- Research article
- Open Access
Effects of resistant dextrin for weight loss in overweight adults: a systematic review with a meta-analysis of randomized controlled trials
Journal of Pharmaceutical Health Care and Sciencesvolume 3, Article number: 15 (2017)
Randomized controlled trials (RCTs) reported that resistant dextrin (RD) exerted pleiotropic effects on humans. However, limited information is available on the effects of RD for weight loss. We conducted a systematic review with a meta-analysis to summarize the available literature and compare the efficacy of RD for weight loss with that of a placebo in overweight adults.
We searched the electronic databases MEDLINE, EMBASE, The Cochrane Central Register of Controlled Trials (CENTRAL), CINAHL, Web of Science, ClincalTrials.gov, and Japana Centra Revuo Medicina (Ichushi-web) for studies from their onset to November 2016, and there was no language restriction. Trials were included if they were RCTs (1) comparing the effects of RD with a placebo in adults (18 years or older), (2) reporting body mass index, and (3) including overweight/obese subjects as defined by the authors of RCTs. The weighted mean difference with a 95% confidence interval (CI) was calculated using a random-effects model.
Of the 484 studies retrieved, 3 RCTs involving 275 subjects were included in our review. The durations of RCTs ranged between 8 and 12 weeks. All RCTs were conducted in Asian countries. RD significantly improved body mass index [mean difference −0.39 (95% CI −0.57 to −0.21) kg/m2, p < 0.01] and body weight [mean difference −0.81 (95% CI −0.93 to −0.69) kg, p < 0.01] in overweight adults.
Our review suggests that RD exerts beneficial effects for weight loss in overweight adults. More RCTs with different populations and longer follow-ups are needed in order to confirm that supplementation with RD has beneficial effects for weight loss in overweight adults. We consider this review to provide important information for the future submission of food with health claims.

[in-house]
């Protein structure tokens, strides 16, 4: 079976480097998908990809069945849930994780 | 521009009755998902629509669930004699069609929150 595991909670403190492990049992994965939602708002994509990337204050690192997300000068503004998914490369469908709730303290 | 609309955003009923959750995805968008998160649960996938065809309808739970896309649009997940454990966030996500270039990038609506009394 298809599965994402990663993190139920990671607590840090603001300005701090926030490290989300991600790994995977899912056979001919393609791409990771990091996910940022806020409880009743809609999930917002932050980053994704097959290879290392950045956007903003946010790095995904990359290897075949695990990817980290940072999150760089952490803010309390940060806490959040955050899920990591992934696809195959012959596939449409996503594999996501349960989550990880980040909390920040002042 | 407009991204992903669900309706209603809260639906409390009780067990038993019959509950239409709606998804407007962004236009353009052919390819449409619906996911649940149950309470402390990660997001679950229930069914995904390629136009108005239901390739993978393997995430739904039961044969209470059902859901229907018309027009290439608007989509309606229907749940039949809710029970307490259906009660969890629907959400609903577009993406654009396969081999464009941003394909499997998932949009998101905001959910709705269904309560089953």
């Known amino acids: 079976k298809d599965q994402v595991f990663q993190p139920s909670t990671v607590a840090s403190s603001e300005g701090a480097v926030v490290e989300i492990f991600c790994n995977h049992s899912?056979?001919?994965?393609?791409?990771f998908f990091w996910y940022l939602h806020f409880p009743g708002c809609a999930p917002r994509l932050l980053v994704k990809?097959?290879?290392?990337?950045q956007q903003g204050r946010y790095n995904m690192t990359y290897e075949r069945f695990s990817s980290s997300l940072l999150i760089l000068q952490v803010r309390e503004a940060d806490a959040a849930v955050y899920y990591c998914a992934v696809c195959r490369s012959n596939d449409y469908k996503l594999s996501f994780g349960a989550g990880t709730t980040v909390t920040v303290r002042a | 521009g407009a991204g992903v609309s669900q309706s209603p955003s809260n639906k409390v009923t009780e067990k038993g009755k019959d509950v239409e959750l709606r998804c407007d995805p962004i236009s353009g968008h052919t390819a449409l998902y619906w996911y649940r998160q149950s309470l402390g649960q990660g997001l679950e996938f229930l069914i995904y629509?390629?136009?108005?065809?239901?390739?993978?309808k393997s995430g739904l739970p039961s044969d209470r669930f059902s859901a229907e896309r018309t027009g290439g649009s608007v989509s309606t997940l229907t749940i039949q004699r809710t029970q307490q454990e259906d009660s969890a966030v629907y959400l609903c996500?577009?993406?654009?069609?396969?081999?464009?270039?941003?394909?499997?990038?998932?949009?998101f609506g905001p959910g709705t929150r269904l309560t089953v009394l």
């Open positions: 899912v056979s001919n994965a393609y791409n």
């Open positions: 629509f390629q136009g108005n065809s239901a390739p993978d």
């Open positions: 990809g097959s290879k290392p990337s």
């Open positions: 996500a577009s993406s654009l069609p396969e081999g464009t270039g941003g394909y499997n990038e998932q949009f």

According to the World Health Organization, the prevalence of obesity has more than doubled worldwide in the past 30 years. In 2014, there were more than 1.9 billion overweight adults and 600 million obese adults . The prevalence of obesity has increased in Asia, varying from 10% in India to 28.3% in Thailand. In Asia, the prevalence of diabetes is higher than that expected based on the prevalence of obesity [2, 3]. Dietary fiber has been reported to exert several beneficial effects. For example, a cross-over study reported that a high dietary fiber intake improved plasma glucose levels in patients with type 2 diabetes . A cross-sectional study demonstrated that fiber intake was associated with weight loss . Another clinical study showed that dietary fiber assisted with weight loss in overweight subjects . Resistant dextrin (RD), a soluble dietary fiber, is an indigestible glucose polysaccharide (rich in α-1,2 or α-1,3 linkages) that is formed when starch is heated and treated with enzymes, and is made of wheat or maize starch. RD acts as a fermentation substrate in the colon [7, 8]. It has been classified as FOSHU (foods for special health uses) in Japan or GRAS (generally recognized as safe) by the Food and Drug Administration in the United States. Several studies have reported that RD exerts pleiotropic effects. For example, a recent randomized controlled trial (RCT) including healthy subjects found that RD significantly improved serum triglyceride levels and visceral fat accumulation over those with a placebo in a 12-week follow-up . Another RCT that included overweight subjects demonstrated that body mass index (BMI) was significantly lower with RD than with a placebo . Although a recent meta-analysis of 37 cross-over RCTs has revealed the attenuation of postprandial blood glucose in healthy subjects administered RD , to the best of our knowledge, there is only systematic review of RD with a focus on glycemic control. We hypothesized that the effects of RD for weight loss may be consistent across RCTs related to this area . These findings may provide a novel insight into the effects of RD. Accordingly, we conducted a systematic review with a meta-analysis to summarize the available literature and compare the effects of RD for weight loss with those of a placebo in overweight adults.